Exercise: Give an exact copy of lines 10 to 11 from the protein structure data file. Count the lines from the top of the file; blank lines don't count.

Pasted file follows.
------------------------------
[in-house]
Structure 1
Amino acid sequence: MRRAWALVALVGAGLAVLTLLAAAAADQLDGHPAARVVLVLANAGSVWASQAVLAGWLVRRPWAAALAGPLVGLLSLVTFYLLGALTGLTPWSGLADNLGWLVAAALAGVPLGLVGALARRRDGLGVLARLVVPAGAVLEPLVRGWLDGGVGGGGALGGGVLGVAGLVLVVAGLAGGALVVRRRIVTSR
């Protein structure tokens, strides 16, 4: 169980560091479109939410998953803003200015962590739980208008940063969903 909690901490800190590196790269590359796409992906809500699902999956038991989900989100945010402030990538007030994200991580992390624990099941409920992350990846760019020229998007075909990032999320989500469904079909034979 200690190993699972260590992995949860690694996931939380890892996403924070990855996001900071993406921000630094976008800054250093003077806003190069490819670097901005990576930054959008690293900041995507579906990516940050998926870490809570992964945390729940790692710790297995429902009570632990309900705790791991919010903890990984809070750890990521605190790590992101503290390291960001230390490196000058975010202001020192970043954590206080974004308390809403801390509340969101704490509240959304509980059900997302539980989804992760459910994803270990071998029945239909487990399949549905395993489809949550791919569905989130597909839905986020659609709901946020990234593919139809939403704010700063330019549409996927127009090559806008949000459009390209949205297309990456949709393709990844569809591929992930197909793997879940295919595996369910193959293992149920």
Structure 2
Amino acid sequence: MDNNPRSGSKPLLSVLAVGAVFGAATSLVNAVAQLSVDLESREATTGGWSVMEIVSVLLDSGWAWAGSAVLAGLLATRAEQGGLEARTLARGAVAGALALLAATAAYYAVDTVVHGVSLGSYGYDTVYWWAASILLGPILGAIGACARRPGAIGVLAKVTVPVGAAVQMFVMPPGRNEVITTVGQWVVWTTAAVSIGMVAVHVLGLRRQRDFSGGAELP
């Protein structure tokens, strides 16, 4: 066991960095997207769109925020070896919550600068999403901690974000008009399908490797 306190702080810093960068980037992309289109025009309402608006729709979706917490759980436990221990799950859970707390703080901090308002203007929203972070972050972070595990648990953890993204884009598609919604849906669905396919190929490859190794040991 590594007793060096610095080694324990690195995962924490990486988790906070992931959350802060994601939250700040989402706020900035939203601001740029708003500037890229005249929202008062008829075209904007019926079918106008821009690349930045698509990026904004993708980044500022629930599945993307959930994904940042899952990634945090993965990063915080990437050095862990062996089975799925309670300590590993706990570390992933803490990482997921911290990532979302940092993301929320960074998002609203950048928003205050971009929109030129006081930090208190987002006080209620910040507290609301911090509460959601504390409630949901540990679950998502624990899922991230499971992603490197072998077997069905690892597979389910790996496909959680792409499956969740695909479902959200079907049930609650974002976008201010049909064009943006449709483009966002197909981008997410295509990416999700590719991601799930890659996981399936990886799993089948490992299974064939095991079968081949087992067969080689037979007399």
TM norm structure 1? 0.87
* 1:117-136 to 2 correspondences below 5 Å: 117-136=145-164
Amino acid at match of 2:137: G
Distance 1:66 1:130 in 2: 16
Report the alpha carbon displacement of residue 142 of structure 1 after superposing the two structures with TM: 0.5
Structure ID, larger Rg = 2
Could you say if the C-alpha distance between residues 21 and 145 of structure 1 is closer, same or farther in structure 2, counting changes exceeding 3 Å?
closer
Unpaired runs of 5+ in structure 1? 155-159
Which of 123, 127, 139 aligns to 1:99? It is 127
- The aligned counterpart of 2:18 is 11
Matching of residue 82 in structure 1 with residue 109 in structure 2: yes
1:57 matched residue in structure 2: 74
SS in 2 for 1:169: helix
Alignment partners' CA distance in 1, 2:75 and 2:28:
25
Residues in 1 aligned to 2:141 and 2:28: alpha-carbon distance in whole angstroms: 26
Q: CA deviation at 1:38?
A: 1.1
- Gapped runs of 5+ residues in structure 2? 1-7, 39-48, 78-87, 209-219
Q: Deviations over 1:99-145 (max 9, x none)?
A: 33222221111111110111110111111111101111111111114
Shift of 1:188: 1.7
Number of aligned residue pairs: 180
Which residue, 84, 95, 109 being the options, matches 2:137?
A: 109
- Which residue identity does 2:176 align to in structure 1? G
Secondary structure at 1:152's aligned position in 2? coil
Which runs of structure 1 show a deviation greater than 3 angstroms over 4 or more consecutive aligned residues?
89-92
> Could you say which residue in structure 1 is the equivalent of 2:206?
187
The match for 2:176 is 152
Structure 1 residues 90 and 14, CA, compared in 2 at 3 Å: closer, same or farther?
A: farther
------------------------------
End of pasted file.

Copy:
Amino acid at match of 2:137: G
Distance 1:66 1:130 in 2: 16